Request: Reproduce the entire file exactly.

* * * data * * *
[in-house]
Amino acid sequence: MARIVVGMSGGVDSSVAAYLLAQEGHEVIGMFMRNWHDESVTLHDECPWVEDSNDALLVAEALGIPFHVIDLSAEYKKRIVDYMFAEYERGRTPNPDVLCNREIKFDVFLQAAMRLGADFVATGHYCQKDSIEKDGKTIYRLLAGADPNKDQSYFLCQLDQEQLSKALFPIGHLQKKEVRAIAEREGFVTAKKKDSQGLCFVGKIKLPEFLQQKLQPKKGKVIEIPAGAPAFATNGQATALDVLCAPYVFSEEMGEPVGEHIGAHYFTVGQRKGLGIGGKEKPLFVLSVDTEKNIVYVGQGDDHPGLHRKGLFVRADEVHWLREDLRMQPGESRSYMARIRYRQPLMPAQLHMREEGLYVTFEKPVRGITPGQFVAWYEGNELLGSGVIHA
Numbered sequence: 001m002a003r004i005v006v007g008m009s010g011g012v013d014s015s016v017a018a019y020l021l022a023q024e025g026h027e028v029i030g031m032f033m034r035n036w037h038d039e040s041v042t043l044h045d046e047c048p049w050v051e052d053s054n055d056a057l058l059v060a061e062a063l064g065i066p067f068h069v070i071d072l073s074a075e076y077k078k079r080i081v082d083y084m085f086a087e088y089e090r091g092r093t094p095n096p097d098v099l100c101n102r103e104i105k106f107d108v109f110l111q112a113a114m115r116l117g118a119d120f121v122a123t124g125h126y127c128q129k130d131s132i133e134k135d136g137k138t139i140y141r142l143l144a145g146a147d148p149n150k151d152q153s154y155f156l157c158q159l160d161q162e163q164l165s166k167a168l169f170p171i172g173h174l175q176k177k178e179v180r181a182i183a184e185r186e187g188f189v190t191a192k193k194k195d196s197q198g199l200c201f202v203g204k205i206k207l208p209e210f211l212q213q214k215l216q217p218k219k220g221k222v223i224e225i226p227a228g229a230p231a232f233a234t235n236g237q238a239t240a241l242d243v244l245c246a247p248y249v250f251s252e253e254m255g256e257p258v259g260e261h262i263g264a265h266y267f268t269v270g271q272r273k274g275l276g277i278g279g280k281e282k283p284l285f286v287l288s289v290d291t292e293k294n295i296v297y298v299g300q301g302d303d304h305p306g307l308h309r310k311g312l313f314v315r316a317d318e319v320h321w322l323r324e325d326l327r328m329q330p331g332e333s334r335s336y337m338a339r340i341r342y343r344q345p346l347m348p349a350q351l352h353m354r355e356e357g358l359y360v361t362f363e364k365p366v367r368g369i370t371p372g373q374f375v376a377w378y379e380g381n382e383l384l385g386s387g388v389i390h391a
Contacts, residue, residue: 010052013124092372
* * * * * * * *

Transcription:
[in-house]
Amino acid sequence: MARIVVGMSGGVDSSVAAYLLAQEGHEVIGMFMRNWHDESVTLHDECPWVEDSNDALLVAEALGIPFHVIDLSAEYKKRIVDYMFAEYERGRTPNPDVLCNREIKFDVFLQAAMRLGADFVATGHYCQKDSIEKDGKTIYRLLAGADPNKDQSYFLCQLDQEQLSKALFPIGHLQKKEVRAIAEREGFVTAKKKDSQGLCFVGKIKLPEFLQQKLQPKKGKVIEIPAGAPAFATNGQATALDVLCAPYVFSEEMGEPVGEHIGAHYFTVGQRKGLGIGGKEKPLFVLSVDTEKNIVYVGQGDDHPGLHRKGLFVRADEVHWLREDLRMQPGESRSYMARIRYRQPLMPAQLHMREEGLYVTFEKPVRGITPGQFVAWYEGNELLGSGVIHA
Numbered sequence: 001m002a003r004i005v006v007g008m009s010g011g012v013d014s015s016v017a018a019y020l021l022a023q024e025g026h027e028v029i030g031m032f033m034r035n036w037h038d039e040s041v042t043l044h045d046e047c048p049w050v051e052d053s054n055d056a057l058l059v060a061e062a063l064g065i066p067f068h069v070i071d072l073s074a075e076y077k078k079r080i081v082d083y084m085f086a087e088y089e090r091g092r093t094p095n096p097d098v099l100c101n102r103e104i105k106f107d108v109f110l111q112a113a114m115r116l117g118a119d120f121v122a123t124g125h126y127c128q129k130d131s132i133e134k135d136g137k138t139i140y141r142l143l144a145g146a147d148p149n150k151d152q153s154y155f156l157c158q159l160d161q162e163q164l165s166k167a168l169f170p171i172g173h174l175q176k177k178e179v180r181a182i183a184e185r186e187g188f189v190t191a192k193k194k195d196s197q198g199l200c201f202v203g204k205i206k207l208p209e210f211l212q213q214k215l216q217p218k219k220g221k222v223i224e225i226p227a228g229a230p231a232f233a234t235n236g237q238a239t240a241l242d243v244l245c246a247p248y249v250f251s252e253e254m255g256e257p258v259g260e261h262i263g264a265h266y267f268t269v270g271q272r273k274g275l276g277i278g279g280k281e282k283p284l285f286v287l288s289v290d291t292e293k294n295i296v297y298v299g300q301g302d303d304h305p306g307l308h309r310k311g312l313f314v315r316a317d318e319v320h321w322l323r324e325d326l327r328m329q330p331g332e333s334r335s336y337m338a339r340i341r342y343r344q345p346l347m348p349a350q351l352h353m354r355e356e357g358l359y360v361t362f363e364k365p366v367r368g369i370t371p372g373q374f375v376a377w378y379e380g381n382e383l384l385g386s387g388v389i390h391a
Contacts, residue, residue: 010052013124092372